I have a friend on social media whose brother died by suicide several months ago. She was the one who found him. They were close, and I think he was her last immediate family member. She has posted openly about how horrible this experience has been and how sad she feels.
More recently, however, her posts have become increasingly bleak. She shares that she’s having trouble sleeping and she is so sad and feels completely alone because she has no more family. She gets supportive comments from her Facebook “friends,” but continues to sound hopeless. She has started posting that she’s going to get off FB because all she can talk about is her brother and she knows everyone is sick of hearing about it. She writes that she does not think she will be here much longer.
I know that someone who hints at suicide should not be dismissed, especially given her experience with her brother’s suicide. We went to school decades ago but were not close friends. I don’t know her personally very well, and we live several hours apart. How can I help her if she really is thinking about suicide? It seems critical to me, but I don’t know what I should do or how fast to act.
— Caring In Virginia
Dear Caring: Contact your friend through messaging on Facebook, tell her you are concerned about her, and ask to talk with her. You are right to be concerned. Urge her to join a grief support group or talk with a mental health professional about her loss and feelings of depression and isolation. Give her the number for the National Suicide Prevention Lifeline: 800-273-8255. If she calls the hotline, she may be able to get a referral there. You are being a good friend. Let’s hope she takes our advice.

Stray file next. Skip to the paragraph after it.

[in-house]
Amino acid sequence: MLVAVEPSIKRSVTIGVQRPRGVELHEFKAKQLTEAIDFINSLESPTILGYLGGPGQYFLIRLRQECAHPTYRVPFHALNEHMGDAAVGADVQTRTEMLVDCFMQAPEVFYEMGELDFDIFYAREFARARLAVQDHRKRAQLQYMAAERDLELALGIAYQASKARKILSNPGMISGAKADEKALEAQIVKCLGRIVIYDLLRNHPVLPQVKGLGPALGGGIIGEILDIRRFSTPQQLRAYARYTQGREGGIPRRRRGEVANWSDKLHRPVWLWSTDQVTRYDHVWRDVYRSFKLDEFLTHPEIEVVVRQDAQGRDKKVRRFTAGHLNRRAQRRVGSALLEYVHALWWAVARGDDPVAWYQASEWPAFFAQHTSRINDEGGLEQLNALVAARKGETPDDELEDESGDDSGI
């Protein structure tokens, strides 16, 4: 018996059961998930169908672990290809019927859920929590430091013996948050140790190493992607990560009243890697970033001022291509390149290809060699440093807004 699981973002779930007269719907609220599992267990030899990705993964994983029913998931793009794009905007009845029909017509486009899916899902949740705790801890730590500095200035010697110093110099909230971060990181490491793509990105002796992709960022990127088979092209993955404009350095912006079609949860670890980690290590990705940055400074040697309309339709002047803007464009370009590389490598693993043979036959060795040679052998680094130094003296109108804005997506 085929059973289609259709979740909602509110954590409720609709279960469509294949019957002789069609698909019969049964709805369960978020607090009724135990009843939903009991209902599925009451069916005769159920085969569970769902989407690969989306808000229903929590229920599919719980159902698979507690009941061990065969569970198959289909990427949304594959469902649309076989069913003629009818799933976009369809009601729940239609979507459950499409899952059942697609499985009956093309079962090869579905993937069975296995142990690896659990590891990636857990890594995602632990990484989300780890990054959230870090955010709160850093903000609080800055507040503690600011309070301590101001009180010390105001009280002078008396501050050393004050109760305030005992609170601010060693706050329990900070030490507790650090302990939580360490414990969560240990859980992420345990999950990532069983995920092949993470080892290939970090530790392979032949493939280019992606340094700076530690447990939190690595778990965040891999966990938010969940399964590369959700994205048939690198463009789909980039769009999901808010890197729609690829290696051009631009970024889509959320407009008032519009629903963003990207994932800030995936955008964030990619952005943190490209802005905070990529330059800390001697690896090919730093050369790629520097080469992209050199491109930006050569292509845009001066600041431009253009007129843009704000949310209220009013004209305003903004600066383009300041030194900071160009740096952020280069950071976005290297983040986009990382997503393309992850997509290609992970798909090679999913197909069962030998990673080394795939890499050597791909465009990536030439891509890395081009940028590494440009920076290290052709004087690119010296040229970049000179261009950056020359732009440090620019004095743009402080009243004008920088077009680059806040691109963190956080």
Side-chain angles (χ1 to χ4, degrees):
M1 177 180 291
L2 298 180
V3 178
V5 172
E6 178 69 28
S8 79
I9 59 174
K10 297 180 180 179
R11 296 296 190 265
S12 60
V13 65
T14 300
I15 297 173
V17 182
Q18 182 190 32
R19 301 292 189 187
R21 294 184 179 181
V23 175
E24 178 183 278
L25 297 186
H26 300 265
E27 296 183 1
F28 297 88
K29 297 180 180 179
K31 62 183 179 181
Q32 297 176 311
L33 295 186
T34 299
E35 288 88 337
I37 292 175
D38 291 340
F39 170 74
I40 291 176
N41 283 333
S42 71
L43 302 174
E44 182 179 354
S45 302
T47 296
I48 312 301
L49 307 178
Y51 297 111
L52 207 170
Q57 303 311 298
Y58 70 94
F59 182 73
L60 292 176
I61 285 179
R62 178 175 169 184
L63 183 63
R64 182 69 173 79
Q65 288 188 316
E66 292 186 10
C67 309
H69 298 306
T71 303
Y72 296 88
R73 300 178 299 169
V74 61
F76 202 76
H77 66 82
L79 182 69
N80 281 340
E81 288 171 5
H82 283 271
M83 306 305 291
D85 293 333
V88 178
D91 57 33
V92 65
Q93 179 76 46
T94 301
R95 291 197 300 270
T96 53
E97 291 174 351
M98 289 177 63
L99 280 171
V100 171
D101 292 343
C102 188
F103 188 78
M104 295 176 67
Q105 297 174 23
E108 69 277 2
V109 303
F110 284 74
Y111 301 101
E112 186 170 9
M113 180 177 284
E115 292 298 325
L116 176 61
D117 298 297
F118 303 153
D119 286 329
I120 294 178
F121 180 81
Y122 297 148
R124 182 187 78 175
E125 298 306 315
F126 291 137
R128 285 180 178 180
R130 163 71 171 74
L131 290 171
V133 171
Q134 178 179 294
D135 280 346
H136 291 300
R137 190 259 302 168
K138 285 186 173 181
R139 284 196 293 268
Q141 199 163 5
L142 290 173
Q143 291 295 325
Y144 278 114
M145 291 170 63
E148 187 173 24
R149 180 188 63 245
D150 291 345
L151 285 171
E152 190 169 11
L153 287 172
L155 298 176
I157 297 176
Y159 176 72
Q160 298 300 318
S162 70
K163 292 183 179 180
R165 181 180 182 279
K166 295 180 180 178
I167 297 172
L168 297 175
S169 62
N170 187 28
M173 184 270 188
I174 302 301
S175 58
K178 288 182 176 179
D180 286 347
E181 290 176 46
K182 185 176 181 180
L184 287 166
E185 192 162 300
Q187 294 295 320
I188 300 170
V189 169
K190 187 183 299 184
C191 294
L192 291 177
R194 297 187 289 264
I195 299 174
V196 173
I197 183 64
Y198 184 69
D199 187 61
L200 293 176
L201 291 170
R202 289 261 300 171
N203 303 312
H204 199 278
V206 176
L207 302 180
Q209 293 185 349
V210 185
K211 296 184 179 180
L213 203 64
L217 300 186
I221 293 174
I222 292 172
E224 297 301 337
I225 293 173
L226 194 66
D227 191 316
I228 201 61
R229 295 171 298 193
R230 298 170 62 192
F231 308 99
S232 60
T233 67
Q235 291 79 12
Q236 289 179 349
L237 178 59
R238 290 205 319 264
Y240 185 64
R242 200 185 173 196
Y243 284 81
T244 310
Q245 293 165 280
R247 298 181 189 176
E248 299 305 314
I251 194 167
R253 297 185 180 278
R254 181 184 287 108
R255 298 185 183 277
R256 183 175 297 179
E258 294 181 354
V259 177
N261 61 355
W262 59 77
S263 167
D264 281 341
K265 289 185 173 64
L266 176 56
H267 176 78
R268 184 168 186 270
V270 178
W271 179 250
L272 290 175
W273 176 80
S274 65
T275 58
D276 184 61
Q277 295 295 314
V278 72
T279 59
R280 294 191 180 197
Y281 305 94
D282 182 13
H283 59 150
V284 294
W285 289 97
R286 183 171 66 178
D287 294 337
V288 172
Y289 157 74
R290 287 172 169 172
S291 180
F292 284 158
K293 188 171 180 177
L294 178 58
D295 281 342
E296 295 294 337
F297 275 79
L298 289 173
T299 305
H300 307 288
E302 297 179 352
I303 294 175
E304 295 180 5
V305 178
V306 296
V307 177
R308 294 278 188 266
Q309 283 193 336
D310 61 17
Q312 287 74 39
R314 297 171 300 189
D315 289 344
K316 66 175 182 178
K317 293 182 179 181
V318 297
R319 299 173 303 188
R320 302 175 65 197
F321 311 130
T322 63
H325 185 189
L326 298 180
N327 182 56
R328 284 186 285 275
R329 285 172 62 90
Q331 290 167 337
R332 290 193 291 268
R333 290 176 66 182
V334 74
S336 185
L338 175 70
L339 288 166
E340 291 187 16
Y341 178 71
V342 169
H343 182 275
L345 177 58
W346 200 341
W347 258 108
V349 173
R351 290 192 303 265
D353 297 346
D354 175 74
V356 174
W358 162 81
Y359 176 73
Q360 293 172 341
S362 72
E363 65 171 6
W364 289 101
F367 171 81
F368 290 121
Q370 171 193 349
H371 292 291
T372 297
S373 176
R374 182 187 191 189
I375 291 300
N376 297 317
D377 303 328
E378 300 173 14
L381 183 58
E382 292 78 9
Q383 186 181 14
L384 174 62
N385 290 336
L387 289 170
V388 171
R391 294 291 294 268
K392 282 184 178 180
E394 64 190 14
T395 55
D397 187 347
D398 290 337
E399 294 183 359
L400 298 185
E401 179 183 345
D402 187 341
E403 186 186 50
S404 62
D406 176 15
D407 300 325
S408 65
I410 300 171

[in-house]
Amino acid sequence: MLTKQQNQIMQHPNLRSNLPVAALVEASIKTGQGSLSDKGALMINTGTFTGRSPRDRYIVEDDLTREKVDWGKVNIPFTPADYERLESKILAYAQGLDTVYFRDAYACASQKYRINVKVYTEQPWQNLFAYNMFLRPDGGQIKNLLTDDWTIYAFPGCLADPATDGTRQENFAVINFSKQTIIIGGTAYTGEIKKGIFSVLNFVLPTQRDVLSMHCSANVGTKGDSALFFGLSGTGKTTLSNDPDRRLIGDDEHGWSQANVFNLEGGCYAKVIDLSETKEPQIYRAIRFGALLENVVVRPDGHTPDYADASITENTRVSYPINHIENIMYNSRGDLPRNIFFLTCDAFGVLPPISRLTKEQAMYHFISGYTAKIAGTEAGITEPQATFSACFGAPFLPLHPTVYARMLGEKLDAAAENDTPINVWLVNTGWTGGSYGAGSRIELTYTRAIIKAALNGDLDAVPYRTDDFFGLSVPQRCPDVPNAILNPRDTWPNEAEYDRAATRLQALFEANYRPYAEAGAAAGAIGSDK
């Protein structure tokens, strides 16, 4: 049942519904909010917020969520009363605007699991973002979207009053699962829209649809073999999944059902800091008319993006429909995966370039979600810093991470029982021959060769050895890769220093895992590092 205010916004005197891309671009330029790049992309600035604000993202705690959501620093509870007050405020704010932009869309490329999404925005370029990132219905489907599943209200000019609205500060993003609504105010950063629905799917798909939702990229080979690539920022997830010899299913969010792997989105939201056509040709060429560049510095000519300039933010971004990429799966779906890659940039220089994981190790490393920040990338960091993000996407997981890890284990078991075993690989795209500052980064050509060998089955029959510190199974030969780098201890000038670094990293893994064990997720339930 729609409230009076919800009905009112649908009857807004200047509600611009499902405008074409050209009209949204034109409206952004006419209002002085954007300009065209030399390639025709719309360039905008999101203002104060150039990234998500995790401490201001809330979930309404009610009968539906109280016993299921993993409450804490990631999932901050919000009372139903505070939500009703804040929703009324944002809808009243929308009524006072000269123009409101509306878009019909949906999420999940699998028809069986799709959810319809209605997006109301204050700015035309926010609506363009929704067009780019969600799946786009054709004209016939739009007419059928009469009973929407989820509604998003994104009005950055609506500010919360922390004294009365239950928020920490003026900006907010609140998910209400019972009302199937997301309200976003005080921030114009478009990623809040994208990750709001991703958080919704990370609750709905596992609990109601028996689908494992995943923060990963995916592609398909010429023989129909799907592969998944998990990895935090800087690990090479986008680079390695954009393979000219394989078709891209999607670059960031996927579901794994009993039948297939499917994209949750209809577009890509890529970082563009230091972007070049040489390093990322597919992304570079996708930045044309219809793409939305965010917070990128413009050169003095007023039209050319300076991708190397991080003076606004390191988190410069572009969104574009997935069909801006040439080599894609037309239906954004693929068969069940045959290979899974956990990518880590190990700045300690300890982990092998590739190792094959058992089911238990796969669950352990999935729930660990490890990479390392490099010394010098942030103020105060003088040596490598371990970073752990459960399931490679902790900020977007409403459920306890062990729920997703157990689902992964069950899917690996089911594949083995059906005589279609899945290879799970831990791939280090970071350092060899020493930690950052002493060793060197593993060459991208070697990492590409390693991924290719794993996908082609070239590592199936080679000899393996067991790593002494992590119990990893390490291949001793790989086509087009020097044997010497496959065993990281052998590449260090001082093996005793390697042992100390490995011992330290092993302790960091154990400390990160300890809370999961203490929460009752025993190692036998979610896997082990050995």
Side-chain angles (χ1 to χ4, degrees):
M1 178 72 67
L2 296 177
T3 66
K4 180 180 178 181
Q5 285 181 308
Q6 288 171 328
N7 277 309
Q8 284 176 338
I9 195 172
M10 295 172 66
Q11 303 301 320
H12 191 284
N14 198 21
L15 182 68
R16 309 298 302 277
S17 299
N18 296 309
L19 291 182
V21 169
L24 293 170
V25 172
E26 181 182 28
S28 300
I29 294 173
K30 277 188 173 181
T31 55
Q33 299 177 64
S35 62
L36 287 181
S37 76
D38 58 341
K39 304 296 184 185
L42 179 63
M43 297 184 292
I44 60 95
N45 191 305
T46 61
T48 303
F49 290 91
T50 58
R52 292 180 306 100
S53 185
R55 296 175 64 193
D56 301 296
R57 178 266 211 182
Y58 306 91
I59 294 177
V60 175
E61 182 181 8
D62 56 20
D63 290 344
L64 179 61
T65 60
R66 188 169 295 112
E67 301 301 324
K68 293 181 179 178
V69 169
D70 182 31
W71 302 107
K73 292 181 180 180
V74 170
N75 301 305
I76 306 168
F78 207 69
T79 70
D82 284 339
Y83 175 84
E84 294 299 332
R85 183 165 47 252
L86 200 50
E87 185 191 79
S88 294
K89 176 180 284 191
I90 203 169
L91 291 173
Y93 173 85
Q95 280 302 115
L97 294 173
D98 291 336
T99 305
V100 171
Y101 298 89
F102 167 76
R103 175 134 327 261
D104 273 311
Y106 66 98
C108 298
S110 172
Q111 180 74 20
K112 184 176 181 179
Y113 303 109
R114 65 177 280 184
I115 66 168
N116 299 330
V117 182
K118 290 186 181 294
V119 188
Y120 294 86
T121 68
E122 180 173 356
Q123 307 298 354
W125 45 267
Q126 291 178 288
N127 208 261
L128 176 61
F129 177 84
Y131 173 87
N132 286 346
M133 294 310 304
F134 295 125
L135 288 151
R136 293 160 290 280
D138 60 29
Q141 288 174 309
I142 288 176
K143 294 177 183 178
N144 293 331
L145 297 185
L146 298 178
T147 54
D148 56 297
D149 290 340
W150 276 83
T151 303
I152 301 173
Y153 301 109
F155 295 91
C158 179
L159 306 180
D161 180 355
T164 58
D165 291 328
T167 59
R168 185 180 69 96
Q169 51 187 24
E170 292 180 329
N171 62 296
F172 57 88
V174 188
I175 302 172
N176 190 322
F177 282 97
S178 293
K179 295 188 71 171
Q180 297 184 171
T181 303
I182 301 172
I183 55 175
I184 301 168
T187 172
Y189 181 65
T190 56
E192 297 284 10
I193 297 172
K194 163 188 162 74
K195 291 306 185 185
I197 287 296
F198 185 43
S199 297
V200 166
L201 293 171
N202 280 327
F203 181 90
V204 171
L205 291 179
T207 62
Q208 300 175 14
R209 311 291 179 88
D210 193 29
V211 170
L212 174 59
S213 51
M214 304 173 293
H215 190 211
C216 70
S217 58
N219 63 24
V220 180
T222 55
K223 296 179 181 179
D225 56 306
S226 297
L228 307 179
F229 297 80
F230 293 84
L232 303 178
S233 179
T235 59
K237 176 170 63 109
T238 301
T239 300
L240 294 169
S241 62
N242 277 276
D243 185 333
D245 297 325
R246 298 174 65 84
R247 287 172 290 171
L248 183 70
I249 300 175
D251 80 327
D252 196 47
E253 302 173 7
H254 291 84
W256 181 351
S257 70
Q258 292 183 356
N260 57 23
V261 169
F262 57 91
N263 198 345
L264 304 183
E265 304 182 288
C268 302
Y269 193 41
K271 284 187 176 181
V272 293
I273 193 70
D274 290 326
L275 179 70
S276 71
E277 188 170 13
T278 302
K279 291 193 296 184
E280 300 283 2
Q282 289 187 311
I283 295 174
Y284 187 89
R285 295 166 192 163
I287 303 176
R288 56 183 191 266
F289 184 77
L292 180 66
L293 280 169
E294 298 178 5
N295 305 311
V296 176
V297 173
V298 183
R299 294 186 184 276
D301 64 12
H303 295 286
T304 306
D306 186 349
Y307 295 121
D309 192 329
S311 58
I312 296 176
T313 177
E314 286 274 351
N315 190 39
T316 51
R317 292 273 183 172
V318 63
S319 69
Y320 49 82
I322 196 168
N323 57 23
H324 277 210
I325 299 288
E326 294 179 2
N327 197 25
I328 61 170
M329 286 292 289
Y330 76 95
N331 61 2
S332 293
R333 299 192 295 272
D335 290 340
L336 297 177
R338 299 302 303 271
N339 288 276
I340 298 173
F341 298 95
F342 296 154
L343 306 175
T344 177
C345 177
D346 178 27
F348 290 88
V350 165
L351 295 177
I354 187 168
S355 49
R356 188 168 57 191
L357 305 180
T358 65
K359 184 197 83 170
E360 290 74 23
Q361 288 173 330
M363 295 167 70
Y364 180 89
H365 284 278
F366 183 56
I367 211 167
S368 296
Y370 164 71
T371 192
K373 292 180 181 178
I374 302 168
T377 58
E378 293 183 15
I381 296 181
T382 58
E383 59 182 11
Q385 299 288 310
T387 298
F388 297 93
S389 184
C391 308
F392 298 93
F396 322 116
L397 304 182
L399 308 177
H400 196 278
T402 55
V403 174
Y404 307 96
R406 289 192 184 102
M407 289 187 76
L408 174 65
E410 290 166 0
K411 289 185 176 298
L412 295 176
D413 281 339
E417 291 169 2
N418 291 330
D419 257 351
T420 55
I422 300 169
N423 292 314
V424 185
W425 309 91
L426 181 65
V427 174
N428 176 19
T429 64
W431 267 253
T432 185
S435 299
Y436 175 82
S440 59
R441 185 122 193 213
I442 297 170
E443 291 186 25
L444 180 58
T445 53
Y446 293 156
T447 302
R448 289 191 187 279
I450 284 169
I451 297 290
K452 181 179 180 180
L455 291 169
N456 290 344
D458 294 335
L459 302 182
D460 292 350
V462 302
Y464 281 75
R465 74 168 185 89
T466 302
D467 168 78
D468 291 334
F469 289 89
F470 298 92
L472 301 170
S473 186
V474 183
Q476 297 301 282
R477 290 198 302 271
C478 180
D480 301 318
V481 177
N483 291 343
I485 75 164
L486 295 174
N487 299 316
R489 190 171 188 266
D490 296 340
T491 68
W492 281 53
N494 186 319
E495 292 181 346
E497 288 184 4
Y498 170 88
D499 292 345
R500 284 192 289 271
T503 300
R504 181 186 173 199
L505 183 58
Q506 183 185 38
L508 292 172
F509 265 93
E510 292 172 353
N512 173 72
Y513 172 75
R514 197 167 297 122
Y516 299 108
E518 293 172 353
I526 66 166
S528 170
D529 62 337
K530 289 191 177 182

Dear Abby: I am a successful career woman in my 50s. My husband is in his 40s. We decided several years ago that he could stop working, as my income is enough for both of us. He runs our household and is invaluable to me, not only as manager of our household, but also because he looks after the affairs of both our aging parents. Our kids are grown, so there’s no need for child care.
When we go to social functions, invariably he gets asked, “So, what do you do?” When we say he’s retired, people look at him suspiciously. I suspect they think he’s taking advantage of me, when that couldn’t be further from the truth. There is no way I could be as successful in my career without his support. What would be a good response? I think it hurts his feelings, but he keeps it quiet.
— Good Thing Going
Dear Good Thing: Congratulations on having a partnership that is working so well. People often ask this question as a way of starting a conversation with someone they don’t know. Your husband might answer it by saying, “I’m retired now, but I used to work in ----. What do YOU do?”
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